when a working set is too large and to understand how it can be modified. The
programmer can control the working set size by choosing functions, objects, and
algorithms that minimize or localize memory references.
Programs that do not scatter their memory references widely in virtual memory
are said to possess locality of reference. For example, a program has a much
greater locality of reference if it accesses the elements of an array linearly
through memory, rather than accessing the elements in a different order.
Successful algorithm design must take into account paging as well as runtime
considerations. The most obvious (yet often overlooked) aspect of algorithm design
that affects paging is choosing proper data structures. Data structures that are
optimal for paging are often not optimal for runtime; tradeoffs can be made
between paging and runtime performance to optimize overall performance. See
[Andre 86] for a more detailed discussion of the relation between runtime
complexity and paging complexity of programs.
It is important to be aware of this tradeoff at the initial development phase.
During development, programs are typically run using very small data sets, where
paging performance is not an important factor. Since paging is not perceived to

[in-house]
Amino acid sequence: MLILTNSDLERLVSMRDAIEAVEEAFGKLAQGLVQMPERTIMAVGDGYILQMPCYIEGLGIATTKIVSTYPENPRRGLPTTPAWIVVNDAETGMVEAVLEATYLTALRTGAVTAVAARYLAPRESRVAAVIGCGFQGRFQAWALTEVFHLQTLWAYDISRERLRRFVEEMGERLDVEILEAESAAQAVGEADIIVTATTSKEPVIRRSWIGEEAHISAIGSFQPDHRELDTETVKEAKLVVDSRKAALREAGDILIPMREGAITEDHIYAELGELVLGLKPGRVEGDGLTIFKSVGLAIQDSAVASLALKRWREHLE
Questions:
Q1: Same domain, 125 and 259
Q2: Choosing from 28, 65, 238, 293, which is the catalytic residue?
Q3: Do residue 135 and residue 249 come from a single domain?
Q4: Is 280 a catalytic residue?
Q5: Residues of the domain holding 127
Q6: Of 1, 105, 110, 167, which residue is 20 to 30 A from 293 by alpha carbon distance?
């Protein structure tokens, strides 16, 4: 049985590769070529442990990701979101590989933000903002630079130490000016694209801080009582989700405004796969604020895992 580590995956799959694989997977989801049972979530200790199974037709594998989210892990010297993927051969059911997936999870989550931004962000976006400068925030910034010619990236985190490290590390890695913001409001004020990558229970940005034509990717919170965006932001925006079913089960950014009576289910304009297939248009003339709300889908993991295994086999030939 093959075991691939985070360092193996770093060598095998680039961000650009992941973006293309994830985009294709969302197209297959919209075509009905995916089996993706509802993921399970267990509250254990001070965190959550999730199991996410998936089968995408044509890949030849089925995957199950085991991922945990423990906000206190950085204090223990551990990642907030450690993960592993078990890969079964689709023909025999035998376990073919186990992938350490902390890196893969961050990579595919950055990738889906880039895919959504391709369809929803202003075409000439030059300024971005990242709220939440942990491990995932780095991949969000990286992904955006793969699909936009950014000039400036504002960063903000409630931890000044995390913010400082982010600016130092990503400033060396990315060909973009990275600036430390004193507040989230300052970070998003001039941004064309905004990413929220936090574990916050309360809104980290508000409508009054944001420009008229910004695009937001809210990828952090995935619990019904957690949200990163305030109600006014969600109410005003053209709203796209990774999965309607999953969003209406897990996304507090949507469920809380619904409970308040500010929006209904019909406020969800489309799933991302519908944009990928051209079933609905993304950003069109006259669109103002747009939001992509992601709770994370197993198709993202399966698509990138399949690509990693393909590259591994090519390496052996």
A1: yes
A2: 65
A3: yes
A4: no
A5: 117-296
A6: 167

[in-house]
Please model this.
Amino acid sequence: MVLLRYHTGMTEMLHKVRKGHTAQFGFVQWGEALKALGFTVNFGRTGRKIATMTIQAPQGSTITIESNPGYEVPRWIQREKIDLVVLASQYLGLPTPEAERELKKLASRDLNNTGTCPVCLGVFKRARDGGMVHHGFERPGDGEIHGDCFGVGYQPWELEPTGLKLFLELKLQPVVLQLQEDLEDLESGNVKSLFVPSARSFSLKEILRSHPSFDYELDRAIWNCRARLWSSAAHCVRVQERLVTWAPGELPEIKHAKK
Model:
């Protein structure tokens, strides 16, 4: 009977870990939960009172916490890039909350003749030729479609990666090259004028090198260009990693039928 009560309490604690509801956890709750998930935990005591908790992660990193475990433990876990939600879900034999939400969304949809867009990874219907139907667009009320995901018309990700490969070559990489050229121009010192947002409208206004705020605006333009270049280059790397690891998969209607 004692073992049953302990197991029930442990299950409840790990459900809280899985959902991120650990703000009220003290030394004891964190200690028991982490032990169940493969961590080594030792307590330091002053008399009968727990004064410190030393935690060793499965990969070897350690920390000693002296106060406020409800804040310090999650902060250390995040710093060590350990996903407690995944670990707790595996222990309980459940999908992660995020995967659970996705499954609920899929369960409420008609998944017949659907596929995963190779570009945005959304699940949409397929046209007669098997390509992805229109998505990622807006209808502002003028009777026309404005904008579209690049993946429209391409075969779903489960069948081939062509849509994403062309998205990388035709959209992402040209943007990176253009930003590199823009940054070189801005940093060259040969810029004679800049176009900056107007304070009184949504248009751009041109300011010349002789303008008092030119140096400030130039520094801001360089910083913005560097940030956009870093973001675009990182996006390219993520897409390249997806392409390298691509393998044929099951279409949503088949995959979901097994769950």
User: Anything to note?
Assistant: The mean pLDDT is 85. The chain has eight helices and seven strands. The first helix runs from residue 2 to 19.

be a problem, little thought is given to improving paging performance.
Unfortunately, in the production phase the program operates on larger data sets,
and the paging overhead can dominate performance.
A reasonable design strategy is to achieve improvements in paging complexity at
the expense of runtime performance. Considering the runtime performance of
hash lookups, it is better to search on a hash miss by computing a new hash than
to search linearly through the hash table from the point of the hash miss. For
large hash tables, random (hashed) references to the table will likely cause a page
fault, whereas linear references will not. Therefore, in applications where hash
tables are very large, it can be advantageous to use a linear search on hash
The following two Common Lisp functions illustrate another way that the
algorithm design affects paging performance. Each function computes the average
of the products of each column's elements in a square matrix: